COLUMBUS — Josh Myers didn’t care to hash out the positive points he received from the Ohio State coaching staff.
Instead of talking about self-praise and the three things Ryan Day, Greg Studrawa and the offensive staff gave him credit for, the Buckeyes center completely focused on improvement. He also was given three points of emphasis he has to get better at.
So during the off week, the first-year starter took the criticism given to him and went to work
“They wanted me to go faster in game, get set on the ball quicker,” Myers told Lettermen Row. “I think I’m going a little too slow on that, and that really starts with me, the tempo of the offense, because I’m the one who gets set on the ball. So if I go faster, our running backs and receivers go faster.”
A faster pace is just one of the points Myers shared in the hallway of the Woody Hayes Athletic Center as he recounted his to-do list for the off date. He wouldn’t tip his entire hand, but the redshirt sophomore made sure to dish out praise of his own for the coaching staff and the ideas behind “Three Up, Three Forward,” the program Day is using to remind players how much better they have to be for Ohio State to compete for a national title.
“It shows how much care they’re putting into us as a team, but also as individual players, which means a lot to us,” Myers said. “As a player, they don’t want us to be stagnant, they don’t want us to become OK with how we’re doing and get so into the rhythm of the season that we don’t try to enhance our game and try to get better.
“So, we really appreciate that ‘Three Up, Three Forward’ program. It lets you know the coaches aren’t hiding anything from you. If they don’t think you’re doing something well, they’re going to let you know. That’s a good constructive way of doing it.”
That approach also included meetings, building future plans and a few film sessions. As Ohio State was resting and recovering after a physical win over Michigan State, the off week came at a perfect time. Six games into the season, things seemed to be rolling. But that’s a surface-level way to look at a team. There are not-so-obvious flaws that become obvious for the coaching staff when the projector comes on and they dive in.
For Myers, that’s part of the job. It’s a huge part of playing center in a fast-paced offense that wants to go faster. It’s something he has to balance: Pointing out defenses and calls to his offensive line and getting a quick snap for the offense. To make it even more difficult, Myers is a guard by trade. His switch to center has taken time.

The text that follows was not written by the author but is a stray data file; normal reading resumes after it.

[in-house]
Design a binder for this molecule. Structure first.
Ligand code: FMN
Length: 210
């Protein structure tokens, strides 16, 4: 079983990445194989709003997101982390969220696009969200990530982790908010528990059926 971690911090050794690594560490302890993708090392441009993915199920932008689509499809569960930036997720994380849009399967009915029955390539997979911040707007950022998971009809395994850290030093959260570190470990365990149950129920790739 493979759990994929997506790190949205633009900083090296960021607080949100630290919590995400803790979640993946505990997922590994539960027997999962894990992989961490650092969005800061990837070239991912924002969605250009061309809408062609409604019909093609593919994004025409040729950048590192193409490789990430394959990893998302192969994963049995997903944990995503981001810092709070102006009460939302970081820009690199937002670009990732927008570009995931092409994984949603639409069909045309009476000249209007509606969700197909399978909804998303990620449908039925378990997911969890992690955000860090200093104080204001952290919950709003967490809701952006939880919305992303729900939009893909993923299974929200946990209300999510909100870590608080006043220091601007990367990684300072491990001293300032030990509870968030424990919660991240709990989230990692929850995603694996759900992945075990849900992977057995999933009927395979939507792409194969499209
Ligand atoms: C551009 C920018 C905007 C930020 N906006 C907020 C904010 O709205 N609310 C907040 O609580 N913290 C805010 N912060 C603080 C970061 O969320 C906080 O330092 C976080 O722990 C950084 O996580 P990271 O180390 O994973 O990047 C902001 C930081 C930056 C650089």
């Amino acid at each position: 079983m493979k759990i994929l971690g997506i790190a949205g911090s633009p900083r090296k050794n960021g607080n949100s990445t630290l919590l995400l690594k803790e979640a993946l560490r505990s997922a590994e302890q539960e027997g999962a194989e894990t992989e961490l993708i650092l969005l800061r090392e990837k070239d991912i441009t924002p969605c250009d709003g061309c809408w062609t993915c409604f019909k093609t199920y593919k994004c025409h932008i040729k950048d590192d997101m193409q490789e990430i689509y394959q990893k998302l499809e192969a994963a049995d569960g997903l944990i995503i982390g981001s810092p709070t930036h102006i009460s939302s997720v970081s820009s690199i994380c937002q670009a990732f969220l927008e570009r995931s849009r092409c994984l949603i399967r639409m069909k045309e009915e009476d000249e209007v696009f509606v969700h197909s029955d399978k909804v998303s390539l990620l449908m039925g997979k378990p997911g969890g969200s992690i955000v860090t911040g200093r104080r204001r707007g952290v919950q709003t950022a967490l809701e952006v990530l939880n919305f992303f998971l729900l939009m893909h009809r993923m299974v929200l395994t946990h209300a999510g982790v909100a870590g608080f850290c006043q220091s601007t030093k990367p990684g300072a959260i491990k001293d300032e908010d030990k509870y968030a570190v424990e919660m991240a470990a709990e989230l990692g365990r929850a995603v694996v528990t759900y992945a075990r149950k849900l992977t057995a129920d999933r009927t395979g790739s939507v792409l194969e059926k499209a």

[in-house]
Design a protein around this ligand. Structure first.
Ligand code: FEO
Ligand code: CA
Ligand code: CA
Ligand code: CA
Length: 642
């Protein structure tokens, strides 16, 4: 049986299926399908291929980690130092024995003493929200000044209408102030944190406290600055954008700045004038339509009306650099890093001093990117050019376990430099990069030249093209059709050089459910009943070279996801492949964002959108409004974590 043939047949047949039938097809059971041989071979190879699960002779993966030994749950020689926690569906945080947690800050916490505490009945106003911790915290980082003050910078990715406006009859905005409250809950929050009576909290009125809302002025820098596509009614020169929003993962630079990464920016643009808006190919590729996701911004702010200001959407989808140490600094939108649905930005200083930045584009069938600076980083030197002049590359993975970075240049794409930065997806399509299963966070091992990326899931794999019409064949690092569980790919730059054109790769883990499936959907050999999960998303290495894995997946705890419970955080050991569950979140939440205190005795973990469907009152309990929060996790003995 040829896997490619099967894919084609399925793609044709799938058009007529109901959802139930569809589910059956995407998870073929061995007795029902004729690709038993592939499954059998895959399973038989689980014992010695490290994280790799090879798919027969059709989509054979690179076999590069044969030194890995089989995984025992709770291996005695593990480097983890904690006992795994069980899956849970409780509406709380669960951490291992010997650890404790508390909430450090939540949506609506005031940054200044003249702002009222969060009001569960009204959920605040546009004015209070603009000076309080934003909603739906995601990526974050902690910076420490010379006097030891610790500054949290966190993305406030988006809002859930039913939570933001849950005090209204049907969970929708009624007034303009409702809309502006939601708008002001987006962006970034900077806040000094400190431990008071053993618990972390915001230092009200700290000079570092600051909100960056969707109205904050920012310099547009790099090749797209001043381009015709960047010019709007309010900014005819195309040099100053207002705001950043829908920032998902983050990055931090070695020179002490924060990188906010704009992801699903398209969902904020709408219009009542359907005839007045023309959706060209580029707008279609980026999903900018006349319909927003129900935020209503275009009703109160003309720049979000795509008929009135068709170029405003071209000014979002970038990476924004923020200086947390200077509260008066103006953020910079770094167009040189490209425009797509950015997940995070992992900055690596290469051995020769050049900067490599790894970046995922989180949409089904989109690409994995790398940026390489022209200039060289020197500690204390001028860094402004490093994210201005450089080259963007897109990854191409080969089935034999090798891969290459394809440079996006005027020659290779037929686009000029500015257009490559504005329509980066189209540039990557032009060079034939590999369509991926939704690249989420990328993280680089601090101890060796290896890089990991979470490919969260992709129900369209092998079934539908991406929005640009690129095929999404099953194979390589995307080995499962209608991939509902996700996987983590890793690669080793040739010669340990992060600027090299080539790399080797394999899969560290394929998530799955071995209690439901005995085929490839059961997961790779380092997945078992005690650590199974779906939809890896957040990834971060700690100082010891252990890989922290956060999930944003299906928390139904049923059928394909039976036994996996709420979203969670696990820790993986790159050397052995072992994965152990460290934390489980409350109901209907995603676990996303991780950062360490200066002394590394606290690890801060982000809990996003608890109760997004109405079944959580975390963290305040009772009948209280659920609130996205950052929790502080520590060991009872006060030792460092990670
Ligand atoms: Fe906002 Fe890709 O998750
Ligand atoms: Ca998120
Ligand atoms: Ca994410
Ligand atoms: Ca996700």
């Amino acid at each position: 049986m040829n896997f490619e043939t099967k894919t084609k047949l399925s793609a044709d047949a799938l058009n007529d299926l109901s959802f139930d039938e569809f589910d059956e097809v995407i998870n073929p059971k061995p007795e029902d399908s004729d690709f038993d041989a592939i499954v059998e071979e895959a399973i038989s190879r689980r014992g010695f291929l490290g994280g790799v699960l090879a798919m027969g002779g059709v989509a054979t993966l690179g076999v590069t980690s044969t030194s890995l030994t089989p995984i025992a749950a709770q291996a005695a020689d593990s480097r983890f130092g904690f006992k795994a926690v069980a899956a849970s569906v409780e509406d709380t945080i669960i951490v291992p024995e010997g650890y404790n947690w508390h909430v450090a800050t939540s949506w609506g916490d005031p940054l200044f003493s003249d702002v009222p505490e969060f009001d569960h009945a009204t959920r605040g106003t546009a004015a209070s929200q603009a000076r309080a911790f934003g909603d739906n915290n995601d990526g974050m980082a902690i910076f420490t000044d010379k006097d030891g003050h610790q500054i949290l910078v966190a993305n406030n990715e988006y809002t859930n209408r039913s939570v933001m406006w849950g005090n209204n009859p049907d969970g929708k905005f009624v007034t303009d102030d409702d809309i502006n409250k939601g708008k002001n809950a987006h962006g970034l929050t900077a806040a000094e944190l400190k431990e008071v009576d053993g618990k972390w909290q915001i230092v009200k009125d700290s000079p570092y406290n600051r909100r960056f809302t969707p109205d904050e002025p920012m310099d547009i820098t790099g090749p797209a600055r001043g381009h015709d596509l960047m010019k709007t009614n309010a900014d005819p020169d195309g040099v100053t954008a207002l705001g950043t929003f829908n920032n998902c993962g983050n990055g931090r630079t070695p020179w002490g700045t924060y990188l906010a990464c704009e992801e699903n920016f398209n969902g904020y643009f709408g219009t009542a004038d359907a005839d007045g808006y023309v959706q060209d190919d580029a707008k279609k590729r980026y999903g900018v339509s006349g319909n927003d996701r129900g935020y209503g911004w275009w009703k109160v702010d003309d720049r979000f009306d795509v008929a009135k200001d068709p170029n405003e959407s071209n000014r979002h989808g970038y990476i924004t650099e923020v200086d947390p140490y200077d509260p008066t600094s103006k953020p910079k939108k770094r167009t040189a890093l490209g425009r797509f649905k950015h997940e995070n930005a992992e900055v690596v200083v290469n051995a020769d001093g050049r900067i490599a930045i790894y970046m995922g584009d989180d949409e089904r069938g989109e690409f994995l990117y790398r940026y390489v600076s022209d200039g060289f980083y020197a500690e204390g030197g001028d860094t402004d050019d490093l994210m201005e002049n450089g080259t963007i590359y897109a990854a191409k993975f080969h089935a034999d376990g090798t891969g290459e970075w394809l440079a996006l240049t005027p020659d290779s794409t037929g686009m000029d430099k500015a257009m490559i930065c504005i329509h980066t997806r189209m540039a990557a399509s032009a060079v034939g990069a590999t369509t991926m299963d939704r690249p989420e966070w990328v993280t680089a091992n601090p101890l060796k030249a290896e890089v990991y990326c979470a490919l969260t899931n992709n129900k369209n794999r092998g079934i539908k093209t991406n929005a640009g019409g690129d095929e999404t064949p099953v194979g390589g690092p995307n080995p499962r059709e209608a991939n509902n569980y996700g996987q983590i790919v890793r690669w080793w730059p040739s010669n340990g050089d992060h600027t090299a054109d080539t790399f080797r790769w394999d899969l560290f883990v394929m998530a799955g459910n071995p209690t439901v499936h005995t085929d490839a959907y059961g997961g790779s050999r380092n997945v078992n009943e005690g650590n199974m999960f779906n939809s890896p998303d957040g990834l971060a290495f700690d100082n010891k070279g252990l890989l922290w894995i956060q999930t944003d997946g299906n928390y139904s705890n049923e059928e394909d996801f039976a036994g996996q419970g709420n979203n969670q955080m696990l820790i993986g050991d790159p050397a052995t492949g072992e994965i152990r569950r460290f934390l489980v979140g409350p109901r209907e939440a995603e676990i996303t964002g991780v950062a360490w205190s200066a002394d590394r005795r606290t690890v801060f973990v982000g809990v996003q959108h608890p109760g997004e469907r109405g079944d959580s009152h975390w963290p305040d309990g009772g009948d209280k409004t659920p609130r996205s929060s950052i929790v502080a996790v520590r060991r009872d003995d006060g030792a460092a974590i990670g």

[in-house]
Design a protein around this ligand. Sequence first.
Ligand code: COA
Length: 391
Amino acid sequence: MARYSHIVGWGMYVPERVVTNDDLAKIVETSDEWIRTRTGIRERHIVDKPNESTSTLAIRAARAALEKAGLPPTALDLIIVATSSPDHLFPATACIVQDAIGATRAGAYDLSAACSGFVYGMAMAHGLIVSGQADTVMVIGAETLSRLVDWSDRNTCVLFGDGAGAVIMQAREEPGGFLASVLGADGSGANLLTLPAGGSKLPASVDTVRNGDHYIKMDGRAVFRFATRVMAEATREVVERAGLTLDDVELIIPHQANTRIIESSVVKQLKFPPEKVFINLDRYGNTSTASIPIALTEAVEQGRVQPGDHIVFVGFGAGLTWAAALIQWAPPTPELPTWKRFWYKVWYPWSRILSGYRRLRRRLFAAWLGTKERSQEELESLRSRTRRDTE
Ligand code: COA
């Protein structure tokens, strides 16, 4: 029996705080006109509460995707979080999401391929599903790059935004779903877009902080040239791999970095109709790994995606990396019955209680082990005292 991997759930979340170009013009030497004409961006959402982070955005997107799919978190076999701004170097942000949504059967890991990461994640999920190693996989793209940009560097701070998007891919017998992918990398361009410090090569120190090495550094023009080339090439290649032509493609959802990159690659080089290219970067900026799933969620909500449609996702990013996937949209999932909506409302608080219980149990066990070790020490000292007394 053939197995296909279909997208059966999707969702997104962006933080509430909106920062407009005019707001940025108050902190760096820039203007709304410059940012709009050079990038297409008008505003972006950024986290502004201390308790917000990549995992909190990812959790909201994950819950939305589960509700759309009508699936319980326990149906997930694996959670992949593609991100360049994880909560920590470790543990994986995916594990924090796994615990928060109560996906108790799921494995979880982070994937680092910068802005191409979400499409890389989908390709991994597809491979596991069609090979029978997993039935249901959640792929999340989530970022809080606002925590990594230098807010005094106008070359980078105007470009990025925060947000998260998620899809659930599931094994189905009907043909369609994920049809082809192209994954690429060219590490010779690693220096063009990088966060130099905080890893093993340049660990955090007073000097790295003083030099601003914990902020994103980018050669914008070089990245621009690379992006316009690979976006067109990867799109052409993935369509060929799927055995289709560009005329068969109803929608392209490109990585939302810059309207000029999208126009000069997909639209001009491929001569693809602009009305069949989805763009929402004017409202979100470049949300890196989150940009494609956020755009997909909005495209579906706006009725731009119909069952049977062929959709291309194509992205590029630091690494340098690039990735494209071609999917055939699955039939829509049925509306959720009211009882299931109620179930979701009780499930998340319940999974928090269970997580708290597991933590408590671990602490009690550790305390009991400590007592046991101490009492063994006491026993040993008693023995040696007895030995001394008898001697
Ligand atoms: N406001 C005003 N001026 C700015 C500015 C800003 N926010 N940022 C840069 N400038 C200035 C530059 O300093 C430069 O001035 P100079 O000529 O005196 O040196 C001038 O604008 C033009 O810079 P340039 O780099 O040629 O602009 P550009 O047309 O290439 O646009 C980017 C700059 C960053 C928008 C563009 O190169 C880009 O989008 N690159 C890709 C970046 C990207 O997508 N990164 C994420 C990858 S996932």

Myers has to get to the ball quicker so he can snap to Fields, who even as a Heisman candidate, had his list to improve on. Fields listed quicker reads as a primary focus for the off week. Fields found a good keeping spot for his list, so it can serve as a reminder.
“It’s just kind of going through my reads better,” Fields said. “I have a list in my locker. I forgot the other two that I have to look at, but yeah, I just try to take two or three things and work on them every day at practice.”
The list of improvements is something every player who has talked to the media since the off week has brought up, and it seems to be helping in the effort to keep Ohio State grounded after six straight wins by an average of more than 40 points. Of course, there are plenty of things to improve on as a team, so the conversations regarding a team effort were had as well.
“Those are ways to really say: Hey, these are things that if we’re going to get where we want to go, you’re going to have to do that,” Day said. “And then talking to the team about things we need to do better as a team.”
Where the Buckeyes want to go is the College Football Playoff. Right now, they’re certainly on pace to make that happen. As good as Ohio State has looked, every player on the roster had at least three things to work on during the 12 days between games.
But they also don’t want to reveal everything to the outside. Ohio State is keeping a lot of the improvements in-house.
“I’ll leave it at one for now,” Myers said.